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Ninety-year-old former President Jimmy Carter announced Thursday morning that he's being treated for melanoma, and the cancer has been found in his brain and liver.
My reaction: "Melanoma? Isn't that supposed to start with weird spots on your skin?"
I turned to Dr. Elizabeth Buchbinder, melanoma expert at Dana-Farber Cancer Institute. Our conversation, lightly edited:
So is our popular conception of melanoma — odd, mole-like things on sun-hit skin — not consonant with reality?
So often, when people think of skin cancer, they think of the more traditional basal cell, squamous cell, where you go in to the dermatologist, they cut it off, maybe you need to get a little bit of liquid nitrogen, or something else, but really, once they’ve done that, the risk in terms of it affecting your survival or anything else is very low. They’re really very controllable cancers.
Melanoma is kind of the exact opposite of that. It’s the real bad actor among the skin cancers, because melanoma likes to get into the blood and spread. It likes to go anywhere it wants in the body. Some of the places it likes to particularly go are the liver and the brain. It can also go into the lungs and other areas of the body. It’s kind of the ‘bad boy’ of the skin cancers; it’s definitely a bad actor in terms of cancers in general, but then also in terms of skin cancers as a group.
And you can have melanoma without ever having seen a spot?
First of all, melanomas predominantly arise on the skin and are most commonly associated with sun or UV exposure. However, they can arise in areas of the skin that never see the sun. They can also arise on other membranes that are not visible; for example, the inside of the mouth or the inside of the intestine. They can also arise within the eye.
"Melanoma treatment is so exciting right now. The real cutting-edge is basically using the immune system to fight the cancer itself."Dr. Elizabeth Buchbinder, Dana-Farber Cancer Institute
Although most of them arise on skin that are seen, some melanomas may arise on the skin and never necessarily be detected. We have a fair rate of what’s called 'unknown primary,' where we never find that skin spot, and one of the thoughts is that that skin spot either has been attacked by the person’s own immune system and kind of gotten rid of, or that something else has happened; it’s been scraped off or itched, or who knows? It just never was found. So there’s some rate of that.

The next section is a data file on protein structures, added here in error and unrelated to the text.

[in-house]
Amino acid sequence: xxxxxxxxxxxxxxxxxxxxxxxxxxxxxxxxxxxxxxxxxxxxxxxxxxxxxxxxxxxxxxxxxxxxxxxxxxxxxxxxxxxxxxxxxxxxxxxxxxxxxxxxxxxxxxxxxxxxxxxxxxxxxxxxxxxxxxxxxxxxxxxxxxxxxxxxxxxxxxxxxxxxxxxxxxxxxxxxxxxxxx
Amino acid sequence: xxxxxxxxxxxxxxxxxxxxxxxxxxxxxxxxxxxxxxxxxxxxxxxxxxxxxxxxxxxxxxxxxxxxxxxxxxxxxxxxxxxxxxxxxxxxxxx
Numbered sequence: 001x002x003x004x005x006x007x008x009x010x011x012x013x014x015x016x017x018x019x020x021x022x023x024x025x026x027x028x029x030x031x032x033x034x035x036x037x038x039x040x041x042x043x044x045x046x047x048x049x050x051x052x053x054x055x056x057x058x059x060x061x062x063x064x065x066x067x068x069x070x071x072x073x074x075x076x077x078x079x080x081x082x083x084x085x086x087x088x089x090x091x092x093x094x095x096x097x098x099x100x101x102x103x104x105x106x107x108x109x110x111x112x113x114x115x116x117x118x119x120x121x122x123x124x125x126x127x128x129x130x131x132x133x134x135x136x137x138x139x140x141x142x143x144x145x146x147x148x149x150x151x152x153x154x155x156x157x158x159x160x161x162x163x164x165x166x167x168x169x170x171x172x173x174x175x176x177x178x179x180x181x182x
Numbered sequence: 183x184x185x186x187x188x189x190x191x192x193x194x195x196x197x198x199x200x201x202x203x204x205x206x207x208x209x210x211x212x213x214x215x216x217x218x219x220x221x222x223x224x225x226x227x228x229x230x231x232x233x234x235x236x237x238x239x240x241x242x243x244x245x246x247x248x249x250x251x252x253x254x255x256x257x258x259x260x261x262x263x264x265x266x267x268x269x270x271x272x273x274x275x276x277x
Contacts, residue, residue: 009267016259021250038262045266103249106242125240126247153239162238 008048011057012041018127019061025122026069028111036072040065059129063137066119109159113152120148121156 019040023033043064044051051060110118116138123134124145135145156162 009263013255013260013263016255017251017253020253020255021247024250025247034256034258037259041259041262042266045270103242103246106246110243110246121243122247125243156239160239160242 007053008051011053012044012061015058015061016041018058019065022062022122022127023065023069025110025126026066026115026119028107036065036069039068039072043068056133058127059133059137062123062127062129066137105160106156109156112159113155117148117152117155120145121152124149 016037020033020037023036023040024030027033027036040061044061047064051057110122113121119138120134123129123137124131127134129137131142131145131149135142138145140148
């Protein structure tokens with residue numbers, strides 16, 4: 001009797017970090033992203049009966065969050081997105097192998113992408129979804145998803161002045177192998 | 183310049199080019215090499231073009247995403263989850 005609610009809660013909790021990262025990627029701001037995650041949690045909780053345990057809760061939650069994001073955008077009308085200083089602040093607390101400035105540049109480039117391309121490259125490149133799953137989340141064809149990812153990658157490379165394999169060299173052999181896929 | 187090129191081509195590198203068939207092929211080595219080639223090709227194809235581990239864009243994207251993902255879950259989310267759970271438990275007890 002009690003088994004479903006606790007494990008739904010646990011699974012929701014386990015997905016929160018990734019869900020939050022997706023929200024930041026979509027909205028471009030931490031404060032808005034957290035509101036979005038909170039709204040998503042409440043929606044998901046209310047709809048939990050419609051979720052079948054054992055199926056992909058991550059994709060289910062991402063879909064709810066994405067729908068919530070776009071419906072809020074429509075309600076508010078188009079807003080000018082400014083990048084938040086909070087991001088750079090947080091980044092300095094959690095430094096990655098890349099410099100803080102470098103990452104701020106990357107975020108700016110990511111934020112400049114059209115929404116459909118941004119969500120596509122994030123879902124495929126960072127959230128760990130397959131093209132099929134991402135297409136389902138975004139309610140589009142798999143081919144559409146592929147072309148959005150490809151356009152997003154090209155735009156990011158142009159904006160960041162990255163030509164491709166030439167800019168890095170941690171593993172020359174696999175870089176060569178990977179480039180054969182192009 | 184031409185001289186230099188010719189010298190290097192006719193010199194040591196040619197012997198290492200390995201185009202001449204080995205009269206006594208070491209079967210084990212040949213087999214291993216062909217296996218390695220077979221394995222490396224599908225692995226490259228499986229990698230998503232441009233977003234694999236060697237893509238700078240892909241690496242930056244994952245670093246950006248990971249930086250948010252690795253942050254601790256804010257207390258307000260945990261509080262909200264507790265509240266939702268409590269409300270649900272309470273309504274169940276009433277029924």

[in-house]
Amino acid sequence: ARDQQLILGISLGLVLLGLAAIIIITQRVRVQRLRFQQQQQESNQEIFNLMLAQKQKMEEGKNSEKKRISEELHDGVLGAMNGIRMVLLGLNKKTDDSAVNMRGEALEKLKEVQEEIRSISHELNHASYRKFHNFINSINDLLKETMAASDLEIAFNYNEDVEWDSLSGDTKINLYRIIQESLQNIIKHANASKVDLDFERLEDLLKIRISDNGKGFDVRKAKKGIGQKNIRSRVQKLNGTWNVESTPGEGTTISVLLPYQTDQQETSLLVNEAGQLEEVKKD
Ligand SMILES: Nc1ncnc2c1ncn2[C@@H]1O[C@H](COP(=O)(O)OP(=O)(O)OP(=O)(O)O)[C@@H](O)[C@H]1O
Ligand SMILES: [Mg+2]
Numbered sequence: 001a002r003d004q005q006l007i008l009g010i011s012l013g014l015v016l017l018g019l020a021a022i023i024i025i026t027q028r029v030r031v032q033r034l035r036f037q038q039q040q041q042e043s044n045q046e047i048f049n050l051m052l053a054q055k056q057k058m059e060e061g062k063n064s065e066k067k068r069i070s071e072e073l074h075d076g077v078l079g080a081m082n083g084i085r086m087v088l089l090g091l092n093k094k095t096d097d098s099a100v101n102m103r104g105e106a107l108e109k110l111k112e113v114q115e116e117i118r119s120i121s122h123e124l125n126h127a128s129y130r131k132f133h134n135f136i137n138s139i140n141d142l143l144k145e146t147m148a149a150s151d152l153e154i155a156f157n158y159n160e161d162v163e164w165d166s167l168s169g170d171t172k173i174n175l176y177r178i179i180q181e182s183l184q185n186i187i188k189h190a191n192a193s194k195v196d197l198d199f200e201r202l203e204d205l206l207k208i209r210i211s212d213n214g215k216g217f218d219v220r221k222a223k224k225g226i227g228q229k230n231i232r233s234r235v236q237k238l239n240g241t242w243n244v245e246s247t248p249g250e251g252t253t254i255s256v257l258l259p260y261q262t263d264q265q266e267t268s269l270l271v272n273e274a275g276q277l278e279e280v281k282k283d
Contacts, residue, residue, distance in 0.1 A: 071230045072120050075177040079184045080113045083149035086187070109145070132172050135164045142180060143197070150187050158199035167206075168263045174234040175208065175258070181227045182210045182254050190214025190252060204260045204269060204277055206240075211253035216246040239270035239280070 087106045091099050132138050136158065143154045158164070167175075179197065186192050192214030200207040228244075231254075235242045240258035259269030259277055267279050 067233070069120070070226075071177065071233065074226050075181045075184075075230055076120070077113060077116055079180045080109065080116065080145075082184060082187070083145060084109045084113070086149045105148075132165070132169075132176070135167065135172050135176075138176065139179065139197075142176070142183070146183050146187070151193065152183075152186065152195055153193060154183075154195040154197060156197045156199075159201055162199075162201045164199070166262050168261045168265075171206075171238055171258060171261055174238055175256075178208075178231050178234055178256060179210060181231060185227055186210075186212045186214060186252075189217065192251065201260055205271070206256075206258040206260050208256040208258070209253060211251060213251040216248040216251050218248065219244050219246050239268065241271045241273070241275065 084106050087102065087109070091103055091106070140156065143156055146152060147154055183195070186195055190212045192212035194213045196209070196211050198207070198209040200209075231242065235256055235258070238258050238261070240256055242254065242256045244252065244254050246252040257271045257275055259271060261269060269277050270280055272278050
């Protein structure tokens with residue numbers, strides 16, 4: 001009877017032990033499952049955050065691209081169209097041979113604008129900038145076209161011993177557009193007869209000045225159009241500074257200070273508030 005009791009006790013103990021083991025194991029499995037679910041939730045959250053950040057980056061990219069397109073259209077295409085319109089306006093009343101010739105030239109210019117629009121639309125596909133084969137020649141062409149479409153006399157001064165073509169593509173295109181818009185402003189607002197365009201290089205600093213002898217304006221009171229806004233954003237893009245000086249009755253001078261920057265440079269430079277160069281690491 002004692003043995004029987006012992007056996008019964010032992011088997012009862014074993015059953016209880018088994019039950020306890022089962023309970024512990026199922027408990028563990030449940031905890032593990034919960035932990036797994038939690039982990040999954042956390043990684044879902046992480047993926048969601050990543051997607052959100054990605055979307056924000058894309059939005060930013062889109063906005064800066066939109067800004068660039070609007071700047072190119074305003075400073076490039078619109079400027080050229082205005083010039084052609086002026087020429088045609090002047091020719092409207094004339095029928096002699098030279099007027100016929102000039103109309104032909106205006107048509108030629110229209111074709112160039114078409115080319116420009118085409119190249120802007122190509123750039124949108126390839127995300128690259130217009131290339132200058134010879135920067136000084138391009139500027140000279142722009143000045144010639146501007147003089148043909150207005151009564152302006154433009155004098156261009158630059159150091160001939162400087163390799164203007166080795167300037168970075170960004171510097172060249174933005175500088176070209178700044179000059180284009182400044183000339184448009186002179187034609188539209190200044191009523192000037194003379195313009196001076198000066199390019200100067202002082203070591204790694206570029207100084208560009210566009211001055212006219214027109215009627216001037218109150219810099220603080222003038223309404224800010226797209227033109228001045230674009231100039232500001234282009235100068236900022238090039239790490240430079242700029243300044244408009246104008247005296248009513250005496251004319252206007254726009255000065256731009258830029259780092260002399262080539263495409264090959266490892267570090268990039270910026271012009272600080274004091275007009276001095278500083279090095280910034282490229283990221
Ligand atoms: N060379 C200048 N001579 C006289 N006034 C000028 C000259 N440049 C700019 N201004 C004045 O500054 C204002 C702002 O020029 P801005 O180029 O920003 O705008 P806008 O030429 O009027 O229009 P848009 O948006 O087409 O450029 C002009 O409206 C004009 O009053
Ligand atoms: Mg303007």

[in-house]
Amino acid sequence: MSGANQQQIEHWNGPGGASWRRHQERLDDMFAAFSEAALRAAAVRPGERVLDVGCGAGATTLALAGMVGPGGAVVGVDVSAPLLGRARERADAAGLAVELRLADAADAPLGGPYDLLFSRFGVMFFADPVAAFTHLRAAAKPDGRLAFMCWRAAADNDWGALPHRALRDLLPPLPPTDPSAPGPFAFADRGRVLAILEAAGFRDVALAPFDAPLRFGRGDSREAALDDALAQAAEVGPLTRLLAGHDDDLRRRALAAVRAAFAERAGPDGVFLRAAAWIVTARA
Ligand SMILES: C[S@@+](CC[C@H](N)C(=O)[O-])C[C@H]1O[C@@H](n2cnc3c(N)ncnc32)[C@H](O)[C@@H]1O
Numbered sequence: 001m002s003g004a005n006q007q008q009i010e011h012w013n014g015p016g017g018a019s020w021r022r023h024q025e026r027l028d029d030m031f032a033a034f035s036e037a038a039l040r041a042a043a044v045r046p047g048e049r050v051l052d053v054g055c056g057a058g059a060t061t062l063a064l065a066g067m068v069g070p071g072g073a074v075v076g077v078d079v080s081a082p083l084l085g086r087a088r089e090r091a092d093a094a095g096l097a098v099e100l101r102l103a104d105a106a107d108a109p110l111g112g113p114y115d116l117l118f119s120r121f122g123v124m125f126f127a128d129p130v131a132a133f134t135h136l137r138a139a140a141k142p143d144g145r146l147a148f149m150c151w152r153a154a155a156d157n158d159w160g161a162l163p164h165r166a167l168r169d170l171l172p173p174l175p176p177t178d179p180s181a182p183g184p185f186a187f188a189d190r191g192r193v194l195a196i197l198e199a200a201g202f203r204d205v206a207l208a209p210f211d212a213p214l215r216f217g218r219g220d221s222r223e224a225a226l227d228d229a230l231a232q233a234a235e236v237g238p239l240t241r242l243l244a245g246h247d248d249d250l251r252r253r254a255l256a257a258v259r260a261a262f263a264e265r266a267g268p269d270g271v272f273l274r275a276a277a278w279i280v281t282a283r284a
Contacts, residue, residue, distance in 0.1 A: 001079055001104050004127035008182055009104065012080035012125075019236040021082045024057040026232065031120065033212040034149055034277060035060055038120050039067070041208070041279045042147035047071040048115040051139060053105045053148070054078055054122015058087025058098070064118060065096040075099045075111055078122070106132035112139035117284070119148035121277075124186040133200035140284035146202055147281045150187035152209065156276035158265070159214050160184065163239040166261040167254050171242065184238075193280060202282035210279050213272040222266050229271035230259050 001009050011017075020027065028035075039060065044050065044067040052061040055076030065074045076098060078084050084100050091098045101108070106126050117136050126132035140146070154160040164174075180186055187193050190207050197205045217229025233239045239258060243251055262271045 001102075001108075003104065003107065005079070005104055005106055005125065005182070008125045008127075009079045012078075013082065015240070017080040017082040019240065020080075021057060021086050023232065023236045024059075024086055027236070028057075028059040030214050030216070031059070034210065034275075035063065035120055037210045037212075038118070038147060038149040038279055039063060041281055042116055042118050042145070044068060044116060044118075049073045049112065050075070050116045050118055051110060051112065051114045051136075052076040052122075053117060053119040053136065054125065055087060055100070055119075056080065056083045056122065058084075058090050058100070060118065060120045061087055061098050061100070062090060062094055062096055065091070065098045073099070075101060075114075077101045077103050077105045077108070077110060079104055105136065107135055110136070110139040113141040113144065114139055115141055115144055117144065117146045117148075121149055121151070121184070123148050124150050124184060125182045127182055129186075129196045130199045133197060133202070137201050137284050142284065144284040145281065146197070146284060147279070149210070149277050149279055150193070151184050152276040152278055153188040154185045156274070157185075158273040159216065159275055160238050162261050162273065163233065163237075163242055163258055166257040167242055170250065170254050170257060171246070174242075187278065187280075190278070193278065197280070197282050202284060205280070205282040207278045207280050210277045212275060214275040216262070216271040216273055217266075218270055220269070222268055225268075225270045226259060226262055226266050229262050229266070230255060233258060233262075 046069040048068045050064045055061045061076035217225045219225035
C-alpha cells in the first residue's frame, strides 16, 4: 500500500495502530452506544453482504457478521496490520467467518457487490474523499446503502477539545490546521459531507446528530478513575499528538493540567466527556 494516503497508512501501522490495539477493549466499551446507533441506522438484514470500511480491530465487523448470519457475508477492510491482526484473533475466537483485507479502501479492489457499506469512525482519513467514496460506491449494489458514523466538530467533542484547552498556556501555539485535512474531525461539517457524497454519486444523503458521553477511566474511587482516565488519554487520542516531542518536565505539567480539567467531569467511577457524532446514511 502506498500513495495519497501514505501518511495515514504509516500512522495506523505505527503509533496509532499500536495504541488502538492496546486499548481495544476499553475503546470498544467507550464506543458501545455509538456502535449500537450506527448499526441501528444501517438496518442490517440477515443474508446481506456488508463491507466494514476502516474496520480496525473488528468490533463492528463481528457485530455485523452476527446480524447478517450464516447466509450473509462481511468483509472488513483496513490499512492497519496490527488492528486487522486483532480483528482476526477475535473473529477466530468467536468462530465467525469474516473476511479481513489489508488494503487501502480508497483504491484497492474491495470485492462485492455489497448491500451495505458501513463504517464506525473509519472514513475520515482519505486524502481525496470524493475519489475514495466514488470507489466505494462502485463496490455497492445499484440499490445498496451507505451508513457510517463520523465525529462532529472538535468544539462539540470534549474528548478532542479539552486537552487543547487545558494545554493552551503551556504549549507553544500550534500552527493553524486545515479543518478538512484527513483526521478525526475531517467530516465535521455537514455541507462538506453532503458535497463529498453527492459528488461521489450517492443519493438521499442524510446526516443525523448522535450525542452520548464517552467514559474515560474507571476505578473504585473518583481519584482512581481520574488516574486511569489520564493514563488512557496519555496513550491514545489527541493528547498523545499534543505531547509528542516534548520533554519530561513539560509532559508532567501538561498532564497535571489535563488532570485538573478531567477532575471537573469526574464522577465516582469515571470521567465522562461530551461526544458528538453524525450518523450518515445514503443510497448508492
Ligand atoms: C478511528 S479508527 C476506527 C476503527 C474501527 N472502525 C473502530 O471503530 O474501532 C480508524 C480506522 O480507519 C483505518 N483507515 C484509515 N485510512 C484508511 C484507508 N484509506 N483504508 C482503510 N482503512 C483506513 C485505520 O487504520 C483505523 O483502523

And so what is the cutting-edge of melanoma research and treatment now?
Melanoma treatment is so exciting right now. The real, real cutting-edge is basically using the immune system to fight the cancer itself. What we’ve known for a long time is that the immune system has a relationship with cancer, and sometimes can keep it from growing or prevent new cancers from forming, but often the cancer kind of overcomes that somehow. And what’s happened with new treatments and with new research and understanding of how the immune system works is we’ve been able to use medications to make the immune system attack the cancer.
What’s so exciting about that is once the immune system starts attacking the cancer, it continues to do so. So just like as a kid when you’re vaccinated against mumps you’re not going to get mumps for the rest of your life, if you get that immunity going, there’s a chance that the cancer can be controlled not just for a brief amount of time, but for five years, 10 years, ongoing. And so what we’re seeing with some of these new immune therapies is what are called 'durable responses,' where people respond well to the treatment initially, but then continue responding without the cancer coming back. So very, very exciting.
So have you actually moved the dial on what could be called a cure rate?
"If [Carter] has a great response to immune therapy, there’s the potential that he could go on to live many, many more years."
In cancer, we’re always afraid to say cure, because we always think it could come back and then we really haven’t cured it.
But we definitely have. A lot of people ask about the prognosis in cases like former President Carter's, and it’s very hard to say, because if he has a great response to immune therapy, there’s the potential that he could go on to live many, many more years. And so it’s really changed the landscape for melanoma, and we’re hoping, as these treatments are tested more and more, for cancer as a whole. Because they’re seeing success in other cancers, like lung cancer and bladder cancer, which is really exciting as well.
So melanoma is a little bit like the poster child for the new immune therapies?
It really is. I think it has the highest rates in terms of response. We’ve actually been doing immune therapy for many years in melanoma, even before these newer agents came along, partly because there weren’t a lot of other option in melanoma treatment.
So maybe that could also be an effect of Carter’s announcement, that it will bring even more attention to the very promising nature of these immune therapies. I know you can’t comment on his case directly, but we can assume he’s going to be getting them, right?
I think I read in one of the reports that he is getting something that is enhancing his immune system.
I think the other area of melanoma treatment that’s also very exciting — but these days is kind of falling to the second tier in a way — is the targeted therapies, where we actually look at genetic changes in the cancer itself and use drugs that attack those genetic changes. But the immune therapy, because of those long-term responses, is really what people tend to be starting as front-line. So it makes sense that that would be exactly where they start in terms of his treatment.
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